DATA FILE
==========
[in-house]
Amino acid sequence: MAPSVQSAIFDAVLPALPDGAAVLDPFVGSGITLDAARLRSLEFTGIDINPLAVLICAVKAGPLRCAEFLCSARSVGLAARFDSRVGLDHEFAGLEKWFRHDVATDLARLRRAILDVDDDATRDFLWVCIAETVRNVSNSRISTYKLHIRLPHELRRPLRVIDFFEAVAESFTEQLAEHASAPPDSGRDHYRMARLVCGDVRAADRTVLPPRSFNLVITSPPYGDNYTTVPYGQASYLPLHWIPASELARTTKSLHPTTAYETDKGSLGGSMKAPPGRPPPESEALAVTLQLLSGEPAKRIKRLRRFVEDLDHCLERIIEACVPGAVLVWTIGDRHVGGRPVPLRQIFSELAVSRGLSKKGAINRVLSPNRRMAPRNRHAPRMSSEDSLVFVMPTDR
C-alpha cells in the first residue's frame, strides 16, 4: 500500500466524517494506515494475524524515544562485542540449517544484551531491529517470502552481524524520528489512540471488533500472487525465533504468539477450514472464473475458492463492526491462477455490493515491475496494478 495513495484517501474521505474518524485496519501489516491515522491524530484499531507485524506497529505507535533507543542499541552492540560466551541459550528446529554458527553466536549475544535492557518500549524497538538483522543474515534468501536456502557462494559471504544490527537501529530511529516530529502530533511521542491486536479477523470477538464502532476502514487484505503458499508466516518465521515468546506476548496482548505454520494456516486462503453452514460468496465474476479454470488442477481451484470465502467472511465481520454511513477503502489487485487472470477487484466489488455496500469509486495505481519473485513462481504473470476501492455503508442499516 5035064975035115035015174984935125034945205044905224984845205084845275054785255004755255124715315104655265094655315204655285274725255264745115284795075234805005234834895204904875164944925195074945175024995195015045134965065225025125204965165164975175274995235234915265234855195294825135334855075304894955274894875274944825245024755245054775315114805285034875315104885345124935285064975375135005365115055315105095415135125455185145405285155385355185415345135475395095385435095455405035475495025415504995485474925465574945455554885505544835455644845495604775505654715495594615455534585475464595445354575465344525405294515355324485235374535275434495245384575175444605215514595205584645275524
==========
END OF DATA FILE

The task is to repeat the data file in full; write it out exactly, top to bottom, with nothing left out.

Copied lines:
[in-house]
Amino acid sequence: MAPSVQSAIFDAVLPALPDGAAVLDPFVGSGITLDAARLRSLEFTGIDINPLAVLICAVKAGPLRCAEFLCSARSVGLAARFDSRVGLDHEFAGLEKWFRHDVATDLARLRRAILDVDDDATRDFLWVCIAETVRNVSNSRISTYKLHIRLPHELRRPLRVIDFFEAVAESFTEQLAEHASAPPDSGRDHYRMARLVCGDVRAADRTVLPPRSFNLVITSPPYGDNYTTVPYGQASYLPLHWIPASELARTTKSLHPTTAYETDKGSLGGSMKAPPGRPPPESEALAVTLQLLSGEPAKRIKRLRRFVEDLDHCLERIIEACVPGAVLVWTIGDRHVGGRPVPLRQIFSELAVSRGLSKKGAINRVLSPNRRMAPRNRHAPRMSSEDSLVFVMPTDR
C-alpha cells in the first residue's frame, strides 16, 4: 500500500466524517494506515494475524524515544562485542540449517544484551531491529517470502552481524524520528489512540471488533500472487525465533504468539477450514472464473475458492463492526491462477455490493515491475496494478 495513495484517501474521505474518524485496519501489516491515522491524530484499531507485524506497529505507535533507543542499541552492540560466551541459550528446529554458527553466536549475544535492557518500549524497538538483522543474515534468501536456502557462494559471504544490527537501529530511529516530529502530533511521542491486536479477523470477538464502532476502514487484505503458499508466516518465521515468546506476548496482548505454520494456516486462503453452514460468496465474476479454470488442477481451484470465502467472511465481520454511513477503502489487485487472470477487484466489488455496500469509486495505481519473485513462481504473470476501492455503508442499516 5035064975035115035015174984935125034945205044905224984845205084845275054785255004755255124715315104655265094655315204655285274725255264745115284795075234805005234834895204904875164944925195074945175024995195015045134965065225025125204965165164975175274995235234915265234855195294825135334855075304894955274894875274944825245024755245054775315114805285034875315104885345124935285064975375135005365115055315105095415135125455185145405285155385355185415345135475395095385435095455405035475495025415504995485474925465574945455554885505544835455644845495604775505654715495594615455534585475464595445354575465344525405294515355324485235374535275434495245384575175444605215514595205584645275524